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T2 - Contrasting responses to sodium citrate and potassium citrate

AU - Preminger, G. M.

AU - Sakhaee, K.

AU - Pak, C. Y C

PY - 1988

Y1 - 1988

N2 - Alkali therapy is used commonly to prevent recurrent stone formation in patients with distal renal tubular acidosis. We compared the effects of potassium citrate to those of sodium citrate in 6 well defined cases of incomplete distal renal tubular acidosis. The patients were studied during a control phase, during potassium citrate treatment (80 mEq. per day) and during sodium citrate treatment (80 mEq. per day) chosen in random order. Potassium citrate caused a decrease in urinary calcium and a significant increase in urinary citrate that resulted in a significant decrease in the urinary saturation of calcium oxalate. It did not alter the saturation of brushite and sodium urate. However, while sodium citrate also was able to increase the urinary citrate level, there was no decrease in the urinary calcium (owing to the increased sodium load). Thus, the urinary saturation of calcium oxalate did not decrease as much as with potassium citrate and the saturation of brushite increased significantly. Moreover, the urinary saturation of sodium urate increased significantly owing to the enhanced sodium excretion. The results suggest that potassium citrate therapy may retard the crystallization of calcium oxalate and may not cause calcium phosphate crystallization. In contrast, sodium citrate may have no effect or it sometimes may accentuate the crystallization of calcium salts. Thus, our study supports the potential clinical advantage of potassium citrate therapy over sodium alkali treatment in patients with incomplete distal renal tubular acidosis and recurrent calcium nephrolithiasis.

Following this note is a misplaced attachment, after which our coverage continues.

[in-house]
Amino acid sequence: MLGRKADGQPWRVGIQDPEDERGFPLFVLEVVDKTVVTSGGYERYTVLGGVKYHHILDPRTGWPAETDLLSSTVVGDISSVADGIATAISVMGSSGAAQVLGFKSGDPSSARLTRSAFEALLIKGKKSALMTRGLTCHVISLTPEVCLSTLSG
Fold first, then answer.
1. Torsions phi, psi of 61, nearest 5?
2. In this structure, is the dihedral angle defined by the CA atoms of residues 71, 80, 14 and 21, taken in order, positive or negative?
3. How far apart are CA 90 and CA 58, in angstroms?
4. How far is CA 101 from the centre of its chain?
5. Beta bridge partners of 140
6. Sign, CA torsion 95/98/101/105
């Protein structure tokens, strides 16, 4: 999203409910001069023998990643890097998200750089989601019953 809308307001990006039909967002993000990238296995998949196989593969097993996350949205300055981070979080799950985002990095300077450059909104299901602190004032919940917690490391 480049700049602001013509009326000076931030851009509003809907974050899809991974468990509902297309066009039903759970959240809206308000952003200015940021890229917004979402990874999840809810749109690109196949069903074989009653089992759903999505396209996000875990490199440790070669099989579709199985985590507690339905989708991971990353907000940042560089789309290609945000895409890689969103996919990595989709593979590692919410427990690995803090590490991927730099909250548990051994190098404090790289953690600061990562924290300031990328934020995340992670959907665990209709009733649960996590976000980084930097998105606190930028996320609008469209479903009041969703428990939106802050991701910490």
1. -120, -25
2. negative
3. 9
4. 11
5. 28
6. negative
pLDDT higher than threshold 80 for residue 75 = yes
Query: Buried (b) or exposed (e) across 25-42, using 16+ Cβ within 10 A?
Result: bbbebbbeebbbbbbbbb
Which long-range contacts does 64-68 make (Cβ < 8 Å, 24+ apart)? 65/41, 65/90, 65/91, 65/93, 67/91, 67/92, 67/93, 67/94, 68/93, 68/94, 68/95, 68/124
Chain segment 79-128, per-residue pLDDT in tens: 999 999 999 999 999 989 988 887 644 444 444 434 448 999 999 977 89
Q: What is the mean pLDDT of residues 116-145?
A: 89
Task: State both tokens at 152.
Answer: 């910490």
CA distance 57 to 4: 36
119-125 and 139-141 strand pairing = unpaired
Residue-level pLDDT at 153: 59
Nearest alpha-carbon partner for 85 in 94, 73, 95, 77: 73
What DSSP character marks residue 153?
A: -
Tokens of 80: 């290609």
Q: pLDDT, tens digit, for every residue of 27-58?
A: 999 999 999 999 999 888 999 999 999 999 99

AB - Alkali therapy is used commonly to prevent recurrent stone formation in patients with distal renal tubular acidosis. We compared the effects of potassium citrate to those of sodium citrate in 6 well defined cases of incomplete distal renal tubular acidosis. The patients were studied during a control phase, during potassium citrate treatment (80 mEq. per day) and during sodium citrate treatment (80 mEq. per day) chosen in random order. Potassium citrate caused a decrease in urinary calcium and a significant increase in urinary citrate that resulted in a significant decrease in the urinary saturation of calcium oxalate. It did not alter the saturation of brushite and sodium urate. However, while sodium citrate also was able to increase the urinary citrate level, there was no decrease in the urinary calcium (owing to the increased sodium load). Thus, the urinary saturation of calcium oxalate did not decrease as much as with potassium citrate and the saturation of brushite increased significantly. Moreover, the urinary saturation of sodium urate increased significantly owing to the enhanced sodium excretion. The results suggest that potassium citrate therapy may retard the crystallization of calcium oxalate and may not cause calcium phosphate crystallization. In contrast, sodium citrate may have no effect or it sometimes may accentuate the crystallization of calcium salts. Thus, our study supports the potential clinical advantage of potassium citrate therapy over sodium alkali treatment in patients with incomplete distal renal tubular acidosis and recurrent calcium nephrolithiasis.